A choir also sang a version of the song Chervona Kalyna, Red Guelder Rose, an anthem which evokes images of the homeland and which was often sung by Ukrainian insurgents during the Second World War.
Also in attendance was Vadym Prystaiko, the Ukrainian Ambassador to the UK, and his wife, Inna Prystaiko.
At one point, the Duchess of Cornwall hugged Mrs Prystaiko and told her: “We are praying for you.”
The visit to the cathedral came days after the Prime Minister, Boris Johnson, attended a service of prayer and expressed his own solidarity with the people of the Ukraine following the start of the Russian invasion on Thursday last week.
Prince Charles has already made personal donations to the British Red Cross and World Jewish Relief to assisted with the humanitarian efforts to relieve the suffering of the Ukrainian people and wanted to find out how he could help further.
He was accompanied by delegations from the two charities as well as those from In Kind Direct, the International Rescue Committee and International Health Partners.
The Prince and the Duchess lit candles before they left the cathedral and laid two sunflower, the national flower of Ukraine, on the altar.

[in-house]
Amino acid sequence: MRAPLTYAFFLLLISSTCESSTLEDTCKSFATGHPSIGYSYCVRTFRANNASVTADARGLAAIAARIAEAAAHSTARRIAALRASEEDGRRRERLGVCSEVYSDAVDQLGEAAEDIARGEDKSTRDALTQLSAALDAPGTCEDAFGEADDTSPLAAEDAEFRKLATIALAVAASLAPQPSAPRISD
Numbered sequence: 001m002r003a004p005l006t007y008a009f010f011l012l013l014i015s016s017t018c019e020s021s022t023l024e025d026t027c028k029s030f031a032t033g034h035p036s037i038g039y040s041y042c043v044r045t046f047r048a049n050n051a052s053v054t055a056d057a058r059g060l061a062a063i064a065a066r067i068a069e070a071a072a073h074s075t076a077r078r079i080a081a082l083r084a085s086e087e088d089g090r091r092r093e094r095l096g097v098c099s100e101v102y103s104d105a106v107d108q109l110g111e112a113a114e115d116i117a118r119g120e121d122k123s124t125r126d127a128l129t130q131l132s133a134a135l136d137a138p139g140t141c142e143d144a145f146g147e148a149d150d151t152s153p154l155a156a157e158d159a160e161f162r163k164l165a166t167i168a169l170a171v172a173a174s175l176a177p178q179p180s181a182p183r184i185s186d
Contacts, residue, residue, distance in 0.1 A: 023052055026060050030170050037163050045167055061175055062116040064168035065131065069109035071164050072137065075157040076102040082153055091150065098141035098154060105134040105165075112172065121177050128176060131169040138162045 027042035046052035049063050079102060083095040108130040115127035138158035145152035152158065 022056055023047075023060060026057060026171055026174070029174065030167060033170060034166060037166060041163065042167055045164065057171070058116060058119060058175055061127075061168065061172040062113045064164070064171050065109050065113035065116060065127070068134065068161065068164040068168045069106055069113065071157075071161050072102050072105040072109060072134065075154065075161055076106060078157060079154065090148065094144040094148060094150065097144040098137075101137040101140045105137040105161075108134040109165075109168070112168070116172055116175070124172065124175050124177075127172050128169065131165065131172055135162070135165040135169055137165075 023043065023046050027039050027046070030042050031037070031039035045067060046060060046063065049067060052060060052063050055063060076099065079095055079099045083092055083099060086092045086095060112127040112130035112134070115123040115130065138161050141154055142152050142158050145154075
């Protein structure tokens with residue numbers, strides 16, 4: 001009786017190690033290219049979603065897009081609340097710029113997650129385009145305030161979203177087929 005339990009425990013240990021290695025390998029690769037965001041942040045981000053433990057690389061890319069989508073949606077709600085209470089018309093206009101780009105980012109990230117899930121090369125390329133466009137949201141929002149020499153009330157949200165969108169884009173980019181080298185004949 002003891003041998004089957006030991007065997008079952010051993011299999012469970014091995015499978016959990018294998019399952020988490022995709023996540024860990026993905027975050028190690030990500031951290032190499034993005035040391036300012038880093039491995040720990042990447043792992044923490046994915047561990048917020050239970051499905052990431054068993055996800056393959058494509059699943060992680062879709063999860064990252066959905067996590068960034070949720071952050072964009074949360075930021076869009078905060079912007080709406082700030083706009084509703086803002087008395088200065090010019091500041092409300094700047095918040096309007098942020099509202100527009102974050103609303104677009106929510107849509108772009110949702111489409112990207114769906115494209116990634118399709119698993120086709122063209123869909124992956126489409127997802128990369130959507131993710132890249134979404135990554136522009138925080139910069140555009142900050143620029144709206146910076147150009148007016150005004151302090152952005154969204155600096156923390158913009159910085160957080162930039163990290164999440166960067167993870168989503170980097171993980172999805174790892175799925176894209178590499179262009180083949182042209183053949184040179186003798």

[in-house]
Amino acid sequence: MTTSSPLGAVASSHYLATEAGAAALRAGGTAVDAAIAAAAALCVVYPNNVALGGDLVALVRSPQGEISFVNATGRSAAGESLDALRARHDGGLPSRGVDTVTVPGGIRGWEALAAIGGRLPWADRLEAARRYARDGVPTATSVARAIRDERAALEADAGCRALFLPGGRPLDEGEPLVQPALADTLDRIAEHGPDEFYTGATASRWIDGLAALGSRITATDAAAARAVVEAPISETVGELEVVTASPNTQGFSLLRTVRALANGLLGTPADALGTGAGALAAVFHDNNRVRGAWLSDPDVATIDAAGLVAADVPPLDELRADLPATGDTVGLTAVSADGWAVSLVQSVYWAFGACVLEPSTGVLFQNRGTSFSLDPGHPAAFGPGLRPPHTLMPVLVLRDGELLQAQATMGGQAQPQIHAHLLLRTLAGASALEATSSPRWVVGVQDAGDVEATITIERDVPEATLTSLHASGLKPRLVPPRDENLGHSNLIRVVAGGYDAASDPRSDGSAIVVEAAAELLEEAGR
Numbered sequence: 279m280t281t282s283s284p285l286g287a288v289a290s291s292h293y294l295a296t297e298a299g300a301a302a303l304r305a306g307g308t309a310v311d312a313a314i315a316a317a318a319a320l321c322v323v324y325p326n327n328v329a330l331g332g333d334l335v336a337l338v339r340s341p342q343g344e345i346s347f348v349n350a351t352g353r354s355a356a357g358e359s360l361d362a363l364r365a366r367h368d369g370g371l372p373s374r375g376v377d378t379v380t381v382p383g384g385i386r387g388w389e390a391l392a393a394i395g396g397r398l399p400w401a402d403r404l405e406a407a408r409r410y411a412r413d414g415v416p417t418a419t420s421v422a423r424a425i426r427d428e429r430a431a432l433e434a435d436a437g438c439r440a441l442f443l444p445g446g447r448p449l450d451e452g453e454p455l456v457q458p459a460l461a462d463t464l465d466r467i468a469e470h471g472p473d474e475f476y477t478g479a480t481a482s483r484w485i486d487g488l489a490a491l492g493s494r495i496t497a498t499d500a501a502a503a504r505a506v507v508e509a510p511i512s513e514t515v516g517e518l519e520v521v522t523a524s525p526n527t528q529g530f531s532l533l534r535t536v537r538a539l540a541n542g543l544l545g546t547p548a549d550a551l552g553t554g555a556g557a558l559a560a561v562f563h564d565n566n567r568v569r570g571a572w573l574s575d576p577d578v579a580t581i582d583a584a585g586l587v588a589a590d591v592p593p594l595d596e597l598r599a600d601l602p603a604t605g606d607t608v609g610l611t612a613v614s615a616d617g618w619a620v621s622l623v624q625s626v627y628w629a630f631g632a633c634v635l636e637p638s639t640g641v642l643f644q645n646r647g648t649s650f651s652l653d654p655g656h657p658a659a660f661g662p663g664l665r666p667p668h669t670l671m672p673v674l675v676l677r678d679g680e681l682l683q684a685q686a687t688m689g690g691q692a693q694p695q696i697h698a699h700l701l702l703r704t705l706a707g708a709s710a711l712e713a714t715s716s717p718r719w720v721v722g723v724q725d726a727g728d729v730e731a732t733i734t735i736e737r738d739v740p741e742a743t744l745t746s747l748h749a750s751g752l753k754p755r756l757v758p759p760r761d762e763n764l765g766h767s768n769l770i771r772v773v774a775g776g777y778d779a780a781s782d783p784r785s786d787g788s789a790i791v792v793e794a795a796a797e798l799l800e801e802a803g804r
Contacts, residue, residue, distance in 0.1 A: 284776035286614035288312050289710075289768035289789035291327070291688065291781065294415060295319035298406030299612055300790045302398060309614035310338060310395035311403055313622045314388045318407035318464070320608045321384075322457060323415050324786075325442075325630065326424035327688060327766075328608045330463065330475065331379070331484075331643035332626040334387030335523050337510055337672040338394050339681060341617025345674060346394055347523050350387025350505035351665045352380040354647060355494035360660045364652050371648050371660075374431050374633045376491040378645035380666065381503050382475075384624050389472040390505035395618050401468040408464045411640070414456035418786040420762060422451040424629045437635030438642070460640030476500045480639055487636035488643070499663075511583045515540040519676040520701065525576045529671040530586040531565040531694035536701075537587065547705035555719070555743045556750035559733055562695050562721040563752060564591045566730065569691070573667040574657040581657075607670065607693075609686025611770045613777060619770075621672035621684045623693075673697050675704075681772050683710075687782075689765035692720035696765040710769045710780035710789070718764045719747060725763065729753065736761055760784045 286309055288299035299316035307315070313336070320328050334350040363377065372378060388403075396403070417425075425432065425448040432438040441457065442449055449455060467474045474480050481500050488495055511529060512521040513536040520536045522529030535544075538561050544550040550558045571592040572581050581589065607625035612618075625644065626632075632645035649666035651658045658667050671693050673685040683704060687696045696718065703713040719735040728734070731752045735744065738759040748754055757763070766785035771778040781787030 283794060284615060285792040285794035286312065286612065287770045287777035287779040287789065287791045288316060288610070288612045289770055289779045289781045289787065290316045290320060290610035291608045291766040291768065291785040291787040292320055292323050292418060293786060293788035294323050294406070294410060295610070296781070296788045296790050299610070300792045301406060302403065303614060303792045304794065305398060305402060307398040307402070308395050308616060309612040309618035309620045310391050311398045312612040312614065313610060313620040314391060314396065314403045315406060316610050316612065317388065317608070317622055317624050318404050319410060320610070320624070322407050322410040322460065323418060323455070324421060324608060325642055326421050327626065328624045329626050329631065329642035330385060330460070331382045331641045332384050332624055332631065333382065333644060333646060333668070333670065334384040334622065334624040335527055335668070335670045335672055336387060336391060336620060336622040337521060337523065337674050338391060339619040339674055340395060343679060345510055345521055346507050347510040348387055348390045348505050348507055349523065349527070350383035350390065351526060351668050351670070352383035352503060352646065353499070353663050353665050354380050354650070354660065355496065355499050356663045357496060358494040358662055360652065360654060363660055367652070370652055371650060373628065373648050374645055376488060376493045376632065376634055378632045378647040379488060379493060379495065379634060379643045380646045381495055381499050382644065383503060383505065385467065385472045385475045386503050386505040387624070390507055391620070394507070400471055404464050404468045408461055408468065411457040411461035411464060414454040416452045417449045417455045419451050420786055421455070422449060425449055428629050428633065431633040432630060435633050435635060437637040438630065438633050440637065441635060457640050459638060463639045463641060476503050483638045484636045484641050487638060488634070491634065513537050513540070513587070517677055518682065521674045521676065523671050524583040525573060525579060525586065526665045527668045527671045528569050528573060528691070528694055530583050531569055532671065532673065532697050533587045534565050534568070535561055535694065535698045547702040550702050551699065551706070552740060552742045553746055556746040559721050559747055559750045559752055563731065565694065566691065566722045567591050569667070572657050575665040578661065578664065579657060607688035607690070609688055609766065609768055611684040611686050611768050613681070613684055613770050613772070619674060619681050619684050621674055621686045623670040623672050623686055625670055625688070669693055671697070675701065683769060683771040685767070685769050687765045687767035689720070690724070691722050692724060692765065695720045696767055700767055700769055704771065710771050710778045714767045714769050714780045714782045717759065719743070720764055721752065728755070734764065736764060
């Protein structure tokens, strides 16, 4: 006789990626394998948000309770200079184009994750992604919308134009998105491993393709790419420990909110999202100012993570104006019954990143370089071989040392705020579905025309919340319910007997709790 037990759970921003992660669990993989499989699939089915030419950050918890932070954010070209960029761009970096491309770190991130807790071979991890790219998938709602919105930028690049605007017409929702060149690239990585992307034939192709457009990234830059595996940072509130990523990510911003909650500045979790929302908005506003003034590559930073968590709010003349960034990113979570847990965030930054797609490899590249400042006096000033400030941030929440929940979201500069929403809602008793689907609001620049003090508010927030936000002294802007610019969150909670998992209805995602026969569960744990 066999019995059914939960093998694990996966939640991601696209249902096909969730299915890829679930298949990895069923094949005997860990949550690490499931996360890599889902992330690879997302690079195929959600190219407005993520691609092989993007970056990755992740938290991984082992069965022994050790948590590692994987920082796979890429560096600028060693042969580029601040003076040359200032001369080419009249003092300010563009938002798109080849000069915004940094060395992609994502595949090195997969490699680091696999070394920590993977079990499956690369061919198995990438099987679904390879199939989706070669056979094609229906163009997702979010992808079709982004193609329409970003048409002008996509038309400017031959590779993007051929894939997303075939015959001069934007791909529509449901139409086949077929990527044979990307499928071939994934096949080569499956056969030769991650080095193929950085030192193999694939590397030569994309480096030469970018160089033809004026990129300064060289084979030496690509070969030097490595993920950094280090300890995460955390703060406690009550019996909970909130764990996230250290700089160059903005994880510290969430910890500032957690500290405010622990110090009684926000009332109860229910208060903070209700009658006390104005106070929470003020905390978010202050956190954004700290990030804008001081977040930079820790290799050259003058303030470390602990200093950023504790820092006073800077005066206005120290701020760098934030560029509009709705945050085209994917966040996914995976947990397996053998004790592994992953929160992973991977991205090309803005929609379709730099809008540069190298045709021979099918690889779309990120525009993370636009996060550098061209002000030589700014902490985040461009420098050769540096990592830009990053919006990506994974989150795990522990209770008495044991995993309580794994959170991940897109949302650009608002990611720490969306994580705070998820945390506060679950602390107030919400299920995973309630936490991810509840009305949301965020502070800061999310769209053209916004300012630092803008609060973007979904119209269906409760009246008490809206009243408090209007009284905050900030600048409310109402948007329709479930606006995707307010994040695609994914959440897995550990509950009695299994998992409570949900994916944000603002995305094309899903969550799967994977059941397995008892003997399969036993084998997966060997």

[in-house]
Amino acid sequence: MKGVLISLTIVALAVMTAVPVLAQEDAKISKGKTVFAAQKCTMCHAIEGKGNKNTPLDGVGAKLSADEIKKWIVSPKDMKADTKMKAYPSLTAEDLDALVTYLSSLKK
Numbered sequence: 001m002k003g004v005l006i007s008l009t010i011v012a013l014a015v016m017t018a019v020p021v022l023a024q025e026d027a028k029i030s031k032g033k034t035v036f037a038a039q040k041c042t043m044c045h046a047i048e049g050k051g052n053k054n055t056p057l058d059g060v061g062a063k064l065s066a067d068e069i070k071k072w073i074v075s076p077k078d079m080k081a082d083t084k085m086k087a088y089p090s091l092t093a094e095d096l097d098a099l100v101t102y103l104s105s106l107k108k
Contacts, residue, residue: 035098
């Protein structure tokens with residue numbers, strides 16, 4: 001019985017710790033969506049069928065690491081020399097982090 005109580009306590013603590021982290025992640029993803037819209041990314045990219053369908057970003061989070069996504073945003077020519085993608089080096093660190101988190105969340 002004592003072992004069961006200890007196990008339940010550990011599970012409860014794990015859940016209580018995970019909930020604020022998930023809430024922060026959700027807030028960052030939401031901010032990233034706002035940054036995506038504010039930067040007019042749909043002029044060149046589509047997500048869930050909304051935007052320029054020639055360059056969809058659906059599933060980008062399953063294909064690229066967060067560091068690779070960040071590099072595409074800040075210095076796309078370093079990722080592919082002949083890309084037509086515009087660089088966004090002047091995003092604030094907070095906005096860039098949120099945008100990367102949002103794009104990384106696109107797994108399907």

At a press conference afterwards, Bishop Nowakowski, who was born in North Battleford, Saskatchewan, Canada, said the royal visit represented a “very important day” for the Ukainian community.
“They came here this afternoon to express their solidarity with the Ukrainian people not only here in the United Kingdom but especially those in Ukraine,” he said.
“They had an opportunity to be in the cathedral to light candles and say a prayer and then they joined us in our auditorium where they were able to meet Ukrainian volunteers who have been working very hard since the beginning of the war eight years ago but especially in these last few days – organising humanitarian packages, rallies and being with other people.”
He said: “What I think was most meaningful for me was the Prince also encouraged a few of the humanitarian organisations that he is patron of to join us as well.